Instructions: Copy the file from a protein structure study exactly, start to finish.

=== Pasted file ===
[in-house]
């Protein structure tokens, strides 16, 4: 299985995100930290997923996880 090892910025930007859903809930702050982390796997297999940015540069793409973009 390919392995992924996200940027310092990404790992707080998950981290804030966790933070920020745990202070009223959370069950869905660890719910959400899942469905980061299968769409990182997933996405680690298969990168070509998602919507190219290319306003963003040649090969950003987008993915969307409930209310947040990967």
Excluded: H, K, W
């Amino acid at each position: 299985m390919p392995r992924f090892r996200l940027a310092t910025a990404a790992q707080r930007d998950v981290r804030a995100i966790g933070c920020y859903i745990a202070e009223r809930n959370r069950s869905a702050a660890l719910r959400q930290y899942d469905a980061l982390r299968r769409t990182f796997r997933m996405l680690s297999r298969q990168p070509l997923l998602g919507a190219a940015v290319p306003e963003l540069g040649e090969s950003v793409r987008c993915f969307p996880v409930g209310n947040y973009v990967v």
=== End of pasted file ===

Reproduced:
[in-house]
């Protein structure tokens, strides 16, 4: 299985995100930290997923996880 090892910025930007859903809930702050982390796997297999940015540069793409973009 390919392995992924996200940027310092990404790992707080998950981290804030966790933070920020745990202070009223959370069950869905660890719910959400899942469905980061299968769409990182997933996405680690298969990168070509998602919507190219290319306003963003040649090969950003987008993915969307409930209310947040990967």
Excluded: H, K, W
């Amino acid at each position: 299985m390919p392995r992924f090892r996200l940027a310092t910025a990404a790992q707080r930007d998950v981290r804030a995100i966790g933070c920020y859903i745990a202070e009223r809930n959370r069950s869905a702050a660890l719910r959400q930290y899942d469905a980061l982390r299968r769409t990182f796997r997933m996405l680690s297999r298969q990168p070509l997923l998602g919507a190219a940015v290319p306003e963003l540069g040649e090969s950003v793409r987008c993915f969307p996880v409930g209310n947040y973009v990967v």